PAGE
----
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Firm earns millions with TV gear

One of western Nevada County’s largest employers ended the year on a positive note – multiple orders totaling $20 million.

While not the largest orders ever for Thomson’s Grass Valley unit, they are the largest yet for high-definition television applications – a promising business area that has been slow to materialize.

“We’ve been hoping the market would mature for several years,” said Tim Thorsteinson, the unit’s chief.



Previous orders for Grass Valley’s high-definition television equipment have been less than $1 million, amounting to only a percent or two of company revenues. With the recent orders, it will now amount to 10 percent this year, said Thorsteinson.

Thorsteinson hopes high-definition television will become more visible to consumers, as high-definition television prices come down and broadcasters make more of a commitment to high-definition signals.




Grass Valley gear used for one, $8 million order will equip mobile production trucks that roll out to events in the National Football League, Major League Baseball, the National Hockey League, and the National Basketball Association. The equipment will be capable of broadcasting in multiple, high-definition television formats and standard format.

“We live and die by utilization, so we wouldn’t be building these trucks if we didn’t see a market for them,” said George Hoover, senior vice president and general manager for NEP Supershooters LP, which ordered the equipment.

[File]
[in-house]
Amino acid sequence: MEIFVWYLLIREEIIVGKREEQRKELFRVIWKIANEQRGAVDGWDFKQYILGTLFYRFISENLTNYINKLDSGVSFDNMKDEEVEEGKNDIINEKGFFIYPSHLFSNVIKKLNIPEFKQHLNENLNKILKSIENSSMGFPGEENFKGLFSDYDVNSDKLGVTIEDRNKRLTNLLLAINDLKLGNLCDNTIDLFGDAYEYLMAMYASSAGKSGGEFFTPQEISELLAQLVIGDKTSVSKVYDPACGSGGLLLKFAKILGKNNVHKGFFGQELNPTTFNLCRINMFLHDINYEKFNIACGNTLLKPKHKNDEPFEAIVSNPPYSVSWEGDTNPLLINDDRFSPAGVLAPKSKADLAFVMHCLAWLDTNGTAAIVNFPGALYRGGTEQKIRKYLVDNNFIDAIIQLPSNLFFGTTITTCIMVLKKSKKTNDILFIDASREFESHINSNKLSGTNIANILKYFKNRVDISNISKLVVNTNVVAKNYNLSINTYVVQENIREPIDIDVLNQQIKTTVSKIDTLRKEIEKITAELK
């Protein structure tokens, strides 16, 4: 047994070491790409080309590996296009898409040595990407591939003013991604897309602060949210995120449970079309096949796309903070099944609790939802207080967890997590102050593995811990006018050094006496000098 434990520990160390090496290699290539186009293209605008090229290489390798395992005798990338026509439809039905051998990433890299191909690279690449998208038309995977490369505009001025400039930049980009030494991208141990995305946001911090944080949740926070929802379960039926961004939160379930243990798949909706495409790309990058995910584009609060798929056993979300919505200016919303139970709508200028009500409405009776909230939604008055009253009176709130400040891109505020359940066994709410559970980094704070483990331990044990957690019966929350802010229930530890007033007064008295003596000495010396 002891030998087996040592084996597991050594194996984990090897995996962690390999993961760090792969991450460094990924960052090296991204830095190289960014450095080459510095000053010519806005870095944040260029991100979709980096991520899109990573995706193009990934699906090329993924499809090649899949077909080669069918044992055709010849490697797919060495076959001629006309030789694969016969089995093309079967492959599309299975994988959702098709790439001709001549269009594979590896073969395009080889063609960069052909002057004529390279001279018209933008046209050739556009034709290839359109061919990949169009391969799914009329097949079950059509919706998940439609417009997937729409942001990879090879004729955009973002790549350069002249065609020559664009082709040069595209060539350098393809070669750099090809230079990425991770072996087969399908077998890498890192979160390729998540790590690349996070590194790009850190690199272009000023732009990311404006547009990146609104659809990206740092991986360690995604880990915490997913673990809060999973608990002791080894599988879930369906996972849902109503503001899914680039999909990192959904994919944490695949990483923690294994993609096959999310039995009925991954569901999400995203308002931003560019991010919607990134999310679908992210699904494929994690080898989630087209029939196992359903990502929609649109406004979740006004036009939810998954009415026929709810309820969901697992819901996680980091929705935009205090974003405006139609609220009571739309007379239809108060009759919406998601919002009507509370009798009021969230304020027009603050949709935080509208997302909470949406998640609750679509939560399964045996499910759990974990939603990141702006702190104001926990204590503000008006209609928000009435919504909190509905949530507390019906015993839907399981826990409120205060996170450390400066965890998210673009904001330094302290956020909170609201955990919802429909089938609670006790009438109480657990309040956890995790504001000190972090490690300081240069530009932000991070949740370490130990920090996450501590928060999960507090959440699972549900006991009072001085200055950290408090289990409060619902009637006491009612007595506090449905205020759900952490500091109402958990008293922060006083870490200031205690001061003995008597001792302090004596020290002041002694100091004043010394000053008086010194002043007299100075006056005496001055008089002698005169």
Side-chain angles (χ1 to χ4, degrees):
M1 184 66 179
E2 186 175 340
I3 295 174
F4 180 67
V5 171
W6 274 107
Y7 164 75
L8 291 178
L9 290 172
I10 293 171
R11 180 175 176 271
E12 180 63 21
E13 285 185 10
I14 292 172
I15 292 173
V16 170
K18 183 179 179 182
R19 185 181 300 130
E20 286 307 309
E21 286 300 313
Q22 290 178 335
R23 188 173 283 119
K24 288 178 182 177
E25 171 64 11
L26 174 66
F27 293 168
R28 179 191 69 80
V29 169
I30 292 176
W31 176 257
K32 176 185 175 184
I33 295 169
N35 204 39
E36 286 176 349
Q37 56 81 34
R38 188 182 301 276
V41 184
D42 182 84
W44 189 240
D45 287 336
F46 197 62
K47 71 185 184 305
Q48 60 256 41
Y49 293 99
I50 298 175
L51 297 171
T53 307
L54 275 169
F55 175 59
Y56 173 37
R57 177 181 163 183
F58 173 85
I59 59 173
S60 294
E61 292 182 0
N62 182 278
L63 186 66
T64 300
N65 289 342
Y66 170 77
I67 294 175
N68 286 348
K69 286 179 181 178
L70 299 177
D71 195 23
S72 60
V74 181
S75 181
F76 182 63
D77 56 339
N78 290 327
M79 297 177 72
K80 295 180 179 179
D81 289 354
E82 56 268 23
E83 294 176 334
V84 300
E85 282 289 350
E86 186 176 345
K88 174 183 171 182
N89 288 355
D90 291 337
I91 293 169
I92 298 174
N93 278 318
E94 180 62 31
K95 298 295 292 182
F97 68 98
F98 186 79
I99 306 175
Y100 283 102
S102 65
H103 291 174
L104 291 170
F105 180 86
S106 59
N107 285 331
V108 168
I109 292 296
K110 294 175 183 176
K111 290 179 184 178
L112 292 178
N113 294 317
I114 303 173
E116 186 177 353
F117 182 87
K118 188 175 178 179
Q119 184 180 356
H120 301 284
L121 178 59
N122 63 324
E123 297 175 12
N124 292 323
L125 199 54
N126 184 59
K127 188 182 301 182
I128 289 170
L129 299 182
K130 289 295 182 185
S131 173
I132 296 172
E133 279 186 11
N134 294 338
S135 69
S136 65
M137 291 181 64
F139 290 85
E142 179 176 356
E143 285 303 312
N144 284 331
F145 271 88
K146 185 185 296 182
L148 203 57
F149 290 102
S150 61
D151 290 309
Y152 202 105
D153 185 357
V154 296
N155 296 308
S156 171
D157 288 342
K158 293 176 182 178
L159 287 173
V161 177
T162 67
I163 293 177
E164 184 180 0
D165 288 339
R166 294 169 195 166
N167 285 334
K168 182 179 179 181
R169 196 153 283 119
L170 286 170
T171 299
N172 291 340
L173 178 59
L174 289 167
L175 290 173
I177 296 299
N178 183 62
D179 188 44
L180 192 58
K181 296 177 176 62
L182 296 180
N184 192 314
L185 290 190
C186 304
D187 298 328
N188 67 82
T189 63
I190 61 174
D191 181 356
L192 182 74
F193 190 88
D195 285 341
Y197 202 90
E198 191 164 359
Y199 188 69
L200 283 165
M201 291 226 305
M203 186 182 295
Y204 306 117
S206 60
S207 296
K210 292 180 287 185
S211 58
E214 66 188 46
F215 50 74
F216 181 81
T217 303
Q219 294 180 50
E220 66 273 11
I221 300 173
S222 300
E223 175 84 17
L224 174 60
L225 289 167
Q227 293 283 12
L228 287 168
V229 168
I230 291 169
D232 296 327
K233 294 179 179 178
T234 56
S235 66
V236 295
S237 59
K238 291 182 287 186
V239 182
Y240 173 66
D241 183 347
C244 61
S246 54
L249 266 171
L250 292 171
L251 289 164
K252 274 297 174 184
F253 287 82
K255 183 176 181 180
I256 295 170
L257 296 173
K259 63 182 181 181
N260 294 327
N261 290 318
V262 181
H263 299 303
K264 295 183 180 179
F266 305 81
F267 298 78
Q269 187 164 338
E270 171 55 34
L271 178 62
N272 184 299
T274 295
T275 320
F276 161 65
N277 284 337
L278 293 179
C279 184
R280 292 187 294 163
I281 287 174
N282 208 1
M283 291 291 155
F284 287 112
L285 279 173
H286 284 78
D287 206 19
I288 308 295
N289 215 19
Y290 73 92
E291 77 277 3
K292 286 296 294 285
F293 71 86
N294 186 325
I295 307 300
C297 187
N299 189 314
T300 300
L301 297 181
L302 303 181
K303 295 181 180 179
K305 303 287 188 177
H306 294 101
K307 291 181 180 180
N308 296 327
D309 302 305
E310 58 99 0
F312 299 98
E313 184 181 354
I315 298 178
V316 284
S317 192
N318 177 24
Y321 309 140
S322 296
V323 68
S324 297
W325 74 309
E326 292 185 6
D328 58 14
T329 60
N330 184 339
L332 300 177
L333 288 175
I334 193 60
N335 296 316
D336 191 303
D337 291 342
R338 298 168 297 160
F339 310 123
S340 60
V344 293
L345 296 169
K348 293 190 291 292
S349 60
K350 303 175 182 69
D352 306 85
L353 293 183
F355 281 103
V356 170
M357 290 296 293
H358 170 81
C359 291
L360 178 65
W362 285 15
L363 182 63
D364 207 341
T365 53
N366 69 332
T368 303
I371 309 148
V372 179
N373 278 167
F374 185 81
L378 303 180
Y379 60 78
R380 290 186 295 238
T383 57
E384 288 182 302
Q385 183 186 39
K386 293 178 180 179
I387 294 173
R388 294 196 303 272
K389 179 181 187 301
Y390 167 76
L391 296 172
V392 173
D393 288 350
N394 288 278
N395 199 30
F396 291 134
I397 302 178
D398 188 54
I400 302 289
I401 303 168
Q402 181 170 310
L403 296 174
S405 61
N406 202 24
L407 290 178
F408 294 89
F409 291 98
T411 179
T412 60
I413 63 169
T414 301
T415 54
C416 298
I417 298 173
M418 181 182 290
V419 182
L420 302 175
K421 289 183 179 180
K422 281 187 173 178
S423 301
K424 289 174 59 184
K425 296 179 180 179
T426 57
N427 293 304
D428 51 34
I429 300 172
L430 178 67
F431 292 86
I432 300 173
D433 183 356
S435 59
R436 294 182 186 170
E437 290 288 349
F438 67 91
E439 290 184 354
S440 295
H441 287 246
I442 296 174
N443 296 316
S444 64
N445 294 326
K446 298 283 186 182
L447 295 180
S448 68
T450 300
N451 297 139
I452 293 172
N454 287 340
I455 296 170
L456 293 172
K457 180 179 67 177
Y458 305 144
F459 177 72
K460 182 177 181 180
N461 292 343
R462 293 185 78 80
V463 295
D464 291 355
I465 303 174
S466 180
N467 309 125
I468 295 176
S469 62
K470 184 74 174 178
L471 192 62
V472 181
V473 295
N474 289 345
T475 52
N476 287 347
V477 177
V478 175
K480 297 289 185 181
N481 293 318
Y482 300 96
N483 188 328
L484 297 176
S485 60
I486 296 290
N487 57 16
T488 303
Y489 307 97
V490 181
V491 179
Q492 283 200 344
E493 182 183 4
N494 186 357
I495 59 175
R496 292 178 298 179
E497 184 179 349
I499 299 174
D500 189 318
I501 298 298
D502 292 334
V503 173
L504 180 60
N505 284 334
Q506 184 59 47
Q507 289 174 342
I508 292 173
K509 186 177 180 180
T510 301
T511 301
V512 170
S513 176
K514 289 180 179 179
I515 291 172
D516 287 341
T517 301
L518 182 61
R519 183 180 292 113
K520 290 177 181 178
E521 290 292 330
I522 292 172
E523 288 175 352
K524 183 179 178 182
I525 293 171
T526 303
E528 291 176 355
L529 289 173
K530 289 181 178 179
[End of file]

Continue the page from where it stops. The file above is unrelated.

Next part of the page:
“Our clients have a variety of format requirements across the standard and high-definition spectrum, and we’ll be able to support them all using the same trucks.”

Close to half the order will be for cameras manufactured in Holland.

The cameras don’t increase the local unit’s production, but they do allow the unit to pitch the deal as a comprehensive package of cameras and broadcast equipment, which helped it get the order.

While the Grass Valley unit won’t need to hire more employees to handle the orders, they do provide a solid end to 2002 – a year that is up a bit in revenues from the previous year, but described by Thorsteinson as “not robust.”

The Grass Valley unit employs close to 400 people at its Nevada City facilities. It was formerly known as Grass Valley Group, a privately held company until the $172 million March acquisition by Thomson, of Paris.

The $20 million in orders consists of four separate, multimillion-dollar orders signed in late November, including:

— An $8 million order by NEP Supershooters LP, of Pittsburgh.

— A $6 million order by National Mobile Television Co. Inc., of Torrance.

— Two separate $3 million orders by unidentified production companies.


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